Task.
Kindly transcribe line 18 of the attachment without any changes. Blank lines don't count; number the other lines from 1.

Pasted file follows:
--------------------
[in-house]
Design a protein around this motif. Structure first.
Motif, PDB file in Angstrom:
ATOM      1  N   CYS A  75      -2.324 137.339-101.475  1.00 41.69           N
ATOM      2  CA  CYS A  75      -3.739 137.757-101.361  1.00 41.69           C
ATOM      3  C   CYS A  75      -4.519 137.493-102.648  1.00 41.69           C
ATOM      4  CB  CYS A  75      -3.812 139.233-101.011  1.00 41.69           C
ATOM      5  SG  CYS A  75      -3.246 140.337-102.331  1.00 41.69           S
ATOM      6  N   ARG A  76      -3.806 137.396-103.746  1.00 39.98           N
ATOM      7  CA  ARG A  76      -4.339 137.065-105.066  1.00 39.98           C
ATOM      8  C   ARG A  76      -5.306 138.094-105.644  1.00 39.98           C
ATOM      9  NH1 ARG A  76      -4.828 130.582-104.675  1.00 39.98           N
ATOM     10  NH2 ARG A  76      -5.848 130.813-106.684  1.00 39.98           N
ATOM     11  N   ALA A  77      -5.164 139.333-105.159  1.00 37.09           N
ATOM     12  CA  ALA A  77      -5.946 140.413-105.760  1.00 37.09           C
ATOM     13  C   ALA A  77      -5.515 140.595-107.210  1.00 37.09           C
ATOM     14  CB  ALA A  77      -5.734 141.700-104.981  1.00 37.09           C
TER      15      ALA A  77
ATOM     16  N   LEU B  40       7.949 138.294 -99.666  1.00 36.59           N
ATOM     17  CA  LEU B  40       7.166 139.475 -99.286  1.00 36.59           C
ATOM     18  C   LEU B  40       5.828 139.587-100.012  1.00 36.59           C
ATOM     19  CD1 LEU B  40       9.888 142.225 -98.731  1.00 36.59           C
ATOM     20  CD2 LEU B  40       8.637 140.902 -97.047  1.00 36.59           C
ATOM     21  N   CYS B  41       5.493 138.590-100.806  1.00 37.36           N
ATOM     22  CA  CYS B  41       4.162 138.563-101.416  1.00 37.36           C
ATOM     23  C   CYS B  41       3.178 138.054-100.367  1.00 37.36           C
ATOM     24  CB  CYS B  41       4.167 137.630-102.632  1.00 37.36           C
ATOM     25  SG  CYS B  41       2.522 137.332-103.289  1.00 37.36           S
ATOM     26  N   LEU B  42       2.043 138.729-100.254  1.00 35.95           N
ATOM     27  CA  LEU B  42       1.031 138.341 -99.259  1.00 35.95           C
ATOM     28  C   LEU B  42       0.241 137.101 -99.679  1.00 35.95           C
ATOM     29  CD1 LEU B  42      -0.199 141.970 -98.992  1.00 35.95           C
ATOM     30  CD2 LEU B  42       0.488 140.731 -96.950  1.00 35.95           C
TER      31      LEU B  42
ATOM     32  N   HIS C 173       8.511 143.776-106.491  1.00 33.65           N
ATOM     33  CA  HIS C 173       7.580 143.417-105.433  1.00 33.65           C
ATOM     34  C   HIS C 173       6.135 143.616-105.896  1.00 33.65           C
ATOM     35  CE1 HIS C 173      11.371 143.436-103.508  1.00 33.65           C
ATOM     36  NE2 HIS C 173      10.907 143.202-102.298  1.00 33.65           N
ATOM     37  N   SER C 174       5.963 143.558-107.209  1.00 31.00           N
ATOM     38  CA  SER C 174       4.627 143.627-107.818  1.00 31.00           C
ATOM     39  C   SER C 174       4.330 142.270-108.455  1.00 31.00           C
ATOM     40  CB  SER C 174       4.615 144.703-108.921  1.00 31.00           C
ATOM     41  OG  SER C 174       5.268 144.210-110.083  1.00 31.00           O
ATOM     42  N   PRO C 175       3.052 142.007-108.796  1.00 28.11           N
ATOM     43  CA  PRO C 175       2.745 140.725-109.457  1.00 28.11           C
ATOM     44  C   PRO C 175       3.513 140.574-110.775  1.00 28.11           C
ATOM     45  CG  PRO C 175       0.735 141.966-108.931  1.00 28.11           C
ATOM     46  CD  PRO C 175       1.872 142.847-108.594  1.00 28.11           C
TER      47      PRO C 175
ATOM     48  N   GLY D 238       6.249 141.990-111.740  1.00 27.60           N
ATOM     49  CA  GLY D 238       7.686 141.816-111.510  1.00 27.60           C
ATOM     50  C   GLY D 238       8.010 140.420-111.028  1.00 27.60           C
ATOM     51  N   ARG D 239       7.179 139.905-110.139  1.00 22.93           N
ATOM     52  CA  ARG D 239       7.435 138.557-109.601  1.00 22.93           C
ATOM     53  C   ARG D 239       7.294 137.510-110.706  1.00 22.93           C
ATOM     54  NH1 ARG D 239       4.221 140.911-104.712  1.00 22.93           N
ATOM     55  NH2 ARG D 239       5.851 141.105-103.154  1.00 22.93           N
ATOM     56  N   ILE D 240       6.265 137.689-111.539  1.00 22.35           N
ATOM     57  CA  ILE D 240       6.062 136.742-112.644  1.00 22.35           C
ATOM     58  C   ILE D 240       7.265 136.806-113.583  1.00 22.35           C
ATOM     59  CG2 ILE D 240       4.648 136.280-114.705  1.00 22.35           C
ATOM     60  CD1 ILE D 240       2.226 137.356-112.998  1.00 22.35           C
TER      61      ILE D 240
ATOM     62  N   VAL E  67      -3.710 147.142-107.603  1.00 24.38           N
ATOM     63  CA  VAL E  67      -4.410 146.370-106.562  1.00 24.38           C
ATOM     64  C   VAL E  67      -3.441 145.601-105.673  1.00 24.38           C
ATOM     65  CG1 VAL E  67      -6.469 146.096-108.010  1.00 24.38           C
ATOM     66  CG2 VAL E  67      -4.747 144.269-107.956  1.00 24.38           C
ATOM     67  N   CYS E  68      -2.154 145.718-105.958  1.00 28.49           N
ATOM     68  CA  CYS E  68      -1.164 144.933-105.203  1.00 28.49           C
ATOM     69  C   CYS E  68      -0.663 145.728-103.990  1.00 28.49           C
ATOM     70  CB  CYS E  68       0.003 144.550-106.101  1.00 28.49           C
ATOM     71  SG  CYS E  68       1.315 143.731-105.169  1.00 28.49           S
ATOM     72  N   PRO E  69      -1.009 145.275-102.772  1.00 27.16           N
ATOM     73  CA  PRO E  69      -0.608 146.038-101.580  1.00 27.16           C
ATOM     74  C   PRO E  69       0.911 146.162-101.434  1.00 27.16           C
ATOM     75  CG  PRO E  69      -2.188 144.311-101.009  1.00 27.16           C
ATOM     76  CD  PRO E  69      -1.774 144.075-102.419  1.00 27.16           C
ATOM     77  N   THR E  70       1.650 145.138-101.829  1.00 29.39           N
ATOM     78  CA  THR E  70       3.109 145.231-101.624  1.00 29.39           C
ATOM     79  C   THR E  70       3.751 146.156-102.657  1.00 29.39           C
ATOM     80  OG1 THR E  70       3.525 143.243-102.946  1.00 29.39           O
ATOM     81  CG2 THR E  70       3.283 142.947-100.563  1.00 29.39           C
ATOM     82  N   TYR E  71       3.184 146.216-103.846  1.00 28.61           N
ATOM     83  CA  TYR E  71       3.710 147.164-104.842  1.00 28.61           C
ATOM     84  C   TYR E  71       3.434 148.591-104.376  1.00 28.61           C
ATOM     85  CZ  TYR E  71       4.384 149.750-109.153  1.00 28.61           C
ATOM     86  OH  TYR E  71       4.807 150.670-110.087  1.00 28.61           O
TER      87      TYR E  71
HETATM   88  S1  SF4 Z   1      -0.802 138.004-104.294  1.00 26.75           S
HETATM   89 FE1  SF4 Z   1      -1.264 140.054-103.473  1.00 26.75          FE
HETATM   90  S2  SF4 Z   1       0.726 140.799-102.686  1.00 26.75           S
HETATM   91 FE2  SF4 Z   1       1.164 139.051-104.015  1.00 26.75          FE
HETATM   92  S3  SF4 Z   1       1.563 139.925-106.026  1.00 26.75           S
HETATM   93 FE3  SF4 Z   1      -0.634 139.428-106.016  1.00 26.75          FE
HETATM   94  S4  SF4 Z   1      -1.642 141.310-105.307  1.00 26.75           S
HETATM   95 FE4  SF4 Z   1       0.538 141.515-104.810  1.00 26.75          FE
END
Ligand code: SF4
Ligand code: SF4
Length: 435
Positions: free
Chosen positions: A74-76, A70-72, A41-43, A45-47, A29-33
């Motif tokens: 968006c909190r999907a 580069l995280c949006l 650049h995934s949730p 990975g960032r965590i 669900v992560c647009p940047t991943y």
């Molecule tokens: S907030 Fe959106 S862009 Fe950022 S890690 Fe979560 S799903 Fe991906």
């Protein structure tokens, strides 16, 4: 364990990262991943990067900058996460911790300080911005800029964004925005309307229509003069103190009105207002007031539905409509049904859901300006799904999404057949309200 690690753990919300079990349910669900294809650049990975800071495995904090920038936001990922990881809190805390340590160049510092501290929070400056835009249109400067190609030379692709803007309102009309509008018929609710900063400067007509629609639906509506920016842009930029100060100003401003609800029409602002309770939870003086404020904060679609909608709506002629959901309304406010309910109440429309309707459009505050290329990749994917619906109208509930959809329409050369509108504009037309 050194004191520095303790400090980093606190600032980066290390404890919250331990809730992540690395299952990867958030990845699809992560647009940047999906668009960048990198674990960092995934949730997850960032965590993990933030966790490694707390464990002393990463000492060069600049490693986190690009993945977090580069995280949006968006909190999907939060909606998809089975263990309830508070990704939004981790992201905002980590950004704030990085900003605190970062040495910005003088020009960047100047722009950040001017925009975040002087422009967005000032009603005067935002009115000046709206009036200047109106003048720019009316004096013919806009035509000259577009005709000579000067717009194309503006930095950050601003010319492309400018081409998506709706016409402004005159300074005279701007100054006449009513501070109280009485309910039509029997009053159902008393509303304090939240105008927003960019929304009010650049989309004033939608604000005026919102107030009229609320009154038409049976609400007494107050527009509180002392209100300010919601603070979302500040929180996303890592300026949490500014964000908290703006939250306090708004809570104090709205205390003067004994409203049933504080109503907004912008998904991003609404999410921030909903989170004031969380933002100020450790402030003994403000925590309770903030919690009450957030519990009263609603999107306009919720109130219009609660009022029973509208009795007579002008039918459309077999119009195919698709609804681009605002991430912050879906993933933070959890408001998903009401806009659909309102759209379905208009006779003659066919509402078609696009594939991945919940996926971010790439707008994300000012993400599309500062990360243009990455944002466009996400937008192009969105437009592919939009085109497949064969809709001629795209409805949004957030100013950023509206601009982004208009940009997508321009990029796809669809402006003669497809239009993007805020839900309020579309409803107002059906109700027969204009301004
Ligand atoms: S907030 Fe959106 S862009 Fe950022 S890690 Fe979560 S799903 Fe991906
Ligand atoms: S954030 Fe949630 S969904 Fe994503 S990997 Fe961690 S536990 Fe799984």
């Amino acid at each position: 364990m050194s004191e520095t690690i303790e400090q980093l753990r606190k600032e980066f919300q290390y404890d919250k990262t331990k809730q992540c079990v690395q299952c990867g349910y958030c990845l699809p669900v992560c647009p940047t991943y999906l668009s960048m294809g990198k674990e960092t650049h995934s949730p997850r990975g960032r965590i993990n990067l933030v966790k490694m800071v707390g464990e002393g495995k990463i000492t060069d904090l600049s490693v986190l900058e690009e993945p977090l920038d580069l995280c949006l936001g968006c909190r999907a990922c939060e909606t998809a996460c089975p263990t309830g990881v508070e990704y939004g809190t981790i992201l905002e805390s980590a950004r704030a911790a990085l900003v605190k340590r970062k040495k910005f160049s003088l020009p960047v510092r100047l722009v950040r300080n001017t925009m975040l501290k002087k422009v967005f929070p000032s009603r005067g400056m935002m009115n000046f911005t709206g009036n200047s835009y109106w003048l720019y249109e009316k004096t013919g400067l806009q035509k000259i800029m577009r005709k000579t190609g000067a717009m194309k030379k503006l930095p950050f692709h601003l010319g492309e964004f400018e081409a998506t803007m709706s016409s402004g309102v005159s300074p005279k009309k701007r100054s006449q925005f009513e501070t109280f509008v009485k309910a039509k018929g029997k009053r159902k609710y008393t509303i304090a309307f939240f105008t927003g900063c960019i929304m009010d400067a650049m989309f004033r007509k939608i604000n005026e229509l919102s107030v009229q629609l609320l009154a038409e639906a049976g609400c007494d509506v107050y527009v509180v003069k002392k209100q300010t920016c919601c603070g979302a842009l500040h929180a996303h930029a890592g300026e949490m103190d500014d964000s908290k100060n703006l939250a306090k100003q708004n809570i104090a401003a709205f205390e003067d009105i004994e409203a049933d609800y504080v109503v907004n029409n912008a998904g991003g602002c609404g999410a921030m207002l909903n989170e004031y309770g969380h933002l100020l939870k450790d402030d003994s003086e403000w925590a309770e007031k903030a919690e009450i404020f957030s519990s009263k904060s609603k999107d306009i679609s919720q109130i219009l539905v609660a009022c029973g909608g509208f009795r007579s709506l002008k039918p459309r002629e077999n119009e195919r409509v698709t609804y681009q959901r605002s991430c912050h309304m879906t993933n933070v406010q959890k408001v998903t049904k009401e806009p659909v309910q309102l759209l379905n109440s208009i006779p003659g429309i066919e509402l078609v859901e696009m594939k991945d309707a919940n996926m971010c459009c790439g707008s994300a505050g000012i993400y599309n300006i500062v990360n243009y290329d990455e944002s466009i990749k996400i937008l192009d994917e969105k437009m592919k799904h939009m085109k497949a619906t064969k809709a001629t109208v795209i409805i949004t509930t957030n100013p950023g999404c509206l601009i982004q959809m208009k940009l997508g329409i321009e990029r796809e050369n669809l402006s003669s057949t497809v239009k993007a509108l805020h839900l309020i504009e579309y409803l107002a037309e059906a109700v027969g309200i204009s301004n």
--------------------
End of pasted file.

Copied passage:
TER      15      ALA A  77